The feeling of a new beginning is exciting and daunting.
It is appealing to know that you can start over, wipe the slate clean, and step forward without any baggage from the past.
Yes, I am speaking about the magic that happens as the clock strikes 12 on December 31st and a new year is ushered in.
What a relief to know that your diet can start today and how powerful to feel that motivation and strength in the knowledge that this time YOU WILL SUCCEED.
New Year’s resolutions are seldom a Jewish concept. We are more deeply connected to the introspection and process of teshuva that Elul and Tishrei hold.
From the beginning of Elul, we start to observe the areas in our lives that are going well, and those that need refinement so that we can realign ourselves with our true inner essence.
When we admit all of our “Al Cheits” on Yom Kippur, the great day of judgment, it is more of an acknowledgment of where we have missed the mark in our lives, instead of a punitive act of contrition.
When we emerge from this sacred day we experience a true spiritual cleansing. And all the reflection that we spent time on during Elul and the 10 days of repentance from Rosh Hashanah-our new year- until that day is what we take forward into the year.
The best advice I ever received from one of my teachers was to take on something small each year so that I could feel successful in my new habit and reach the end of that year with a sense of accomplishment.
By nature, we prefer to make big changes, as unrealistic and perhaps unsustainable as they may be. You see when we take on a whole new way of living, eating, and being we think it will create that magic that brings us closer to our goals.
Sadly, the opposite is often true.
Have you ever wondered why at the beginning of a new year all gyms don’t build more lockers? With all the new sign-ups, the amount of space they can accommodate for their new registrants will undoubtedly be insufficient. And yet they never do.
They know that regardless of how many people have vowed to turn over a new leaf and take on exercising, the reality remains that by February only the old faithfuls and a handful of newbies will still be around.
So before you make grandiose plans for 2024, consider this..
(I don’t want to burst your bubble, the excitement is fabulous but often stems from a sense of great disappointment in where you find yourself which is s recipe for continuing a cycle of guilt, shame, and judgment as you steel yourself for the changes that you need to make)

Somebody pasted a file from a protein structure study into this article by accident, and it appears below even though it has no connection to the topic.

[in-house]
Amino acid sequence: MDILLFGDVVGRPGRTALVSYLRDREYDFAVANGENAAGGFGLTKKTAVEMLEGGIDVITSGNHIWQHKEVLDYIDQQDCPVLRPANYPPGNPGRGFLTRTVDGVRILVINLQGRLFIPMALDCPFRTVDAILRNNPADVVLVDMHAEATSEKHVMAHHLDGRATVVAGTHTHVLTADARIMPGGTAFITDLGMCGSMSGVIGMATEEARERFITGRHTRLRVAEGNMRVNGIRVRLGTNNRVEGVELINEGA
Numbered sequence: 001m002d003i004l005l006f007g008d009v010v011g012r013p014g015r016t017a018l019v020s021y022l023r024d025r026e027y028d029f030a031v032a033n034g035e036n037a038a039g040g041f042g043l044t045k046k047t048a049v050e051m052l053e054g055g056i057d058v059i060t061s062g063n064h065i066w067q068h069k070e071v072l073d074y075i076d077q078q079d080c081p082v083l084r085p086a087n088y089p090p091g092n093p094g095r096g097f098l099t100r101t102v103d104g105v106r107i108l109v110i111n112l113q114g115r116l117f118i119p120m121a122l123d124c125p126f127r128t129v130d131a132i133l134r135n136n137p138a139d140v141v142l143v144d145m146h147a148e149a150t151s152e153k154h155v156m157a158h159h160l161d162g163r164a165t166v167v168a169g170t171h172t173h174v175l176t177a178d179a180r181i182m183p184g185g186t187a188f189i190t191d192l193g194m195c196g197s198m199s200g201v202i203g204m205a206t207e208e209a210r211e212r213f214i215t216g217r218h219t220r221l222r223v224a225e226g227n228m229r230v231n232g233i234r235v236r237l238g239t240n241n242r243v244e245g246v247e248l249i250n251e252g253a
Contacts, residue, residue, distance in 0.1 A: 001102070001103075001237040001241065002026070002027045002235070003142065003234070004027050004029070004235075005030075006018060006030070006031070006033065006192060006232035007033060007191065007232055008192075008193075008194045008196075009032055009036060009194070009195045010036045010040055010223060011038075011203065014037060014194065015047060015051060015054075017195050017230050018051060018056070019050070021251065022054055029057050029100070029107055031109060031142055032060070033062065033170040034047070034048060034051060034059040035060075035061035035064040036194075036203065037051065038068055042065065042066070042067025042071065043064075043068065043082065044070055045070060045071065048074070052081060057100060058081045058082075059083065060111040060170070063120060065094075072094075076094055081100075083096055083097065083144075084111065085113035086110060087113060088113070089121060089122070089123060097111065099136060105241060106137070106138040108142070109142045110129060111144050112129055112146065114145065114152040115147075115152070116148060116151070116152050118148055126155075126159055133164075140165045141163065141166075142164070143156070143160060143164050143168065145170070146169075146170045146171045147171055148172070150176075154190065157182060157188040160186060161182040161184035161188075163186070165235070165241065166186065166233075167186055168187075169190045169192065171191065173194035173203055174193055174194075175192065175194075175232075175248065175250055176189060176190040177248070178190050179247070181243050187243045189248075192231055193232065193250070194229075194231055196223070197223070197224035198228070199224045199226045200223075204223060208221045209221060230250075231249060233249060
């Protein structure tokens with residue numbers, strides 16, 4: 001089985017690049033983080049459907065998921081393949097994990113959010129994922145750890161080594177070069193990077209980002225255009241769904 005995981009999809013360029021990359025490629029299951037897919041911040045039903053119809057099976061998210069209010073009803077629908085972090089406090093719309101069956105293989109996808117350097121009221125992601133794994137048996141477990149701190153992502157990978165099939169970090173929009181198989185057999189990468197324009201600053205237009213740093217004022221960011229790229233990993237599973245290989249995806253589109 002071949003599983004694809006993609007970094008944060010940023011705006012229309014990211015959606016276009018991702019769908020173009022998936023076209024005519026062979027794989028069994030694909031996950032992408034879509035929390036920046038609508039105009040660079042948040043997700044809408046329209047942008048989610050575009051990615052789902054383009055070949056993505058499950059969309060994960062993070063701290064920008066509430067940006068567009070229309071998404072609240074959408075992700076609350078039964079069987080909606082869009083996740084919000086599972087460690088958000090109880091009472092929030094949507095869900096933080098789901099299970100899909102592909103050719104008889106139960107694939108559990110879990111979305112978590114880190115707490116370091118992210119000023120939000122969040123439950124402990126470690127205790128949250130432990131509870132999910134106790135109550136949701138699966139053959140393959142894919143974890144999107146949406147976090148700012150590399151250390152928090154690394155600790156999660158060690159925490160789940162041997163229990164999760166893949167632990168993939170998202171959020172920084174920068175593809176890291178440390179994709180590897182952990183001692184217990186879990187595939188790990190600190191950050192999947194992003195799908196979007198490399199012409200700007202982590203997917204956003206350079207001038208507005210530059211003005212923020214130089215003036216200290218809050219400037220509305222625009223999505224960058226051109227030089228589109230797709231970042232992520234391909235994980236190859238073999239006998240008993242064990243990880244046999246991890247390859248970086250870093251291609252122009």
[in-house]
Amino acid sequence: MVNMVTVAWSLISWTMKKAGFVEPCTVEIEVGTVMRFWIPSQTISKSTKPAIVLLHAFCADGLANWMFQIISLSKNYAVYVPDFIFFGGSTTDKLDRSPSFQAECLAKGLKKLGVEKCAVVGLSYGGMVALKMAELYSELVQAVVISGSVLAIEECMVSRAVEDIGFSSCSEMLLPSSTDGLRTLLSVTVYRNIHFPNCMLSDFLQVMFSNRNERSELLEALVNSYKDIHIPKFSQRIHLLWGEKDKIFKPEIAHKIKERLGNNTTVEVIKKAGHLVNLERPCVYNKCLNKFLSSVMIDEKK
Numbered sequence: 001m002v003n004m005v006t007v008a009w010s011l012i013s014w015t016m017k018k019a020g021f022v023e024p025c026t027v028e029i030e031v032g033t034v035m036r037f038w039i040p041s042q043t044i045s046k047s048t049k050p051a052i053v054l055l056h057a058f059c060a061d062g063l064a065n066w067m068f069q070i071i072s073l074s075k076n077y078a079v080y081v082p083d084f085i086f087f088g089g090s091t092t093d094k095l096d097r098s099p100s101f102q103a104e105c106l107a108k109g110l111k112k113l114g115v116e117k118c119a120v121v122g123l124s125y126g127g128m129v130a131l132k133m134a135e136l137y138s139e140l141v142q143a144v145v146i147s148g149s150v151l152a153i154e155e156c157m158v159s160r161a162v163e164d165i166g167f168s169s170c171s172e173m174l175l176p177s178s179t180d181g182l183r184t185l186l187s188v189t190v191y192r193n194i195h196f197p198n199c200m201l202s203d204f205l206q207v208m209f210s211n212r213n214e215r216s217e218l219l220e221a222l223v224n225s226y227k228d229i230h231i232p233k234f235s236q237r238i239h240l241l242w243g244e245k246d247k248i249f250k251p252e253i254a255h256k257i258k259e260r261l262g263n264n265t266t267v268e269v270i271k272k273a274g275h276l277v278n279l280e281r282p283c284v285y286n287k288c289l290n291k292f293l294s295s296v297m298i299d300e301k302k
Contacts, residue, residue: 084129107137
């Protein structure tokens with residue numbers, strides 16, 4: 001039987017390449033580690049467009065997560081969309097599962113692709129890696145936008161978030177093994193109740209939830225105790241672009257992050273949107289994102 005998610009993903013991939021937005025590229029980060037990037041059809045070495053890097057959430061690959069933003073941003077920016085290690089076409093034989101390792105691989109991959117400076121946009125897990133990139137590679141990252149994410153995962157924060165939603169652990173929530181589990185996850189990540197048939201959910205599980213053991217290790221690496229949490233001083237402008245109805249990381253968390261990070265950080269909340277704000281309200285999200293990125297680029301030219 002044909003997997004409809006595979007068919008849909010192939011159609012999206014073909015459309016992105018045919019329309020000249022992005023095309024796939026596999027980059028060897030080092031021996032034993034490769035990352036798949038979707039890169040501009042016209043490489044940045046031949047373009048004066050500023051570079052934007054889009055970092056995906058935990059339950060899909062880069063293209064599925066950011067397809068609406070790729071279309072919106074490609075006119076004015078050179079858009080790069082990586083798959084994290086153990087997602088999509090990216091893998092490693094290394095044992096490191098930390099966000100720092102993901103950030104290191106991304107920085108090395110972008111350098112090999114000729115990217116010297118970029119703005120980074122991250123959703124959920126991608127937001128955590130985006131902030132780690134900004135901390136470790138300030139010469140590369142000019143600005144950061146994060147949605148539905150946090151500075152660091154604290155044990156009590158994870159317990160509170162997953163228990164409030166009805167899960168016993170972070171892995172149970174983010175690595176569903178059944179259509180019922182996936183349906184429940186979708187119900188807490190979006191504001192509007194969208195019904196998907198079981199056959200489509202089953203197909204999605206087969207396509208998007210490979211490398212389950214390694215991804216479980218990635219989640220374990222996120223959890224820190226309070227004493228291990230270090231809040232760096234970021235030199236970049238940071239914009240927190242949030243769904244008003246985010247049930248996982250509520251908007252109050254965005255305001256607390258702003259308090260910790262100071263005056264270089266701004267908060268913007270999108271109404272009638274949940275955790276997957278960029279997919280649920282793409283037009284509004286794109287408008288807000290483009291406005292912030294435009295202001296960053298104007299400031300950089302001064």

Small sustainable changes that may feel insignificant are one of the biggest keys to success.
Being hard on yourself can be more demotivating than it can be motivating
Learn to celebrate small wins each day
Focus on what you are doing and have accomplished and rave to yourself about this.
Steer away from a one-size-fits-all approach. You are unique and that means what works for you rarely works for someone else (and vice versa).
Get support. I know you have done this time and again and you probably have a good idea of what you should be eating and doing to achieve your health and weight goals. However, if you are still looping back to the same restrictions and trying new drastic advice instead of progressing closer to where you want to be, you will end up on December 31st, 2024 saying and doing the same things.
January 1st is not a magic line in the sand. Each day, and in fact each moment, you have the ability to either begin again or ask yourself, “What can I do right now, right here in this moment that will bring me closer to my ‘realistic’ dream goal”- and still have a good relationship with myself, food and my body.
Wishing you a successful 2024, filled with healing, peace, nourishment, compassion, self-care, and the courage to break old patterns with a new mindset.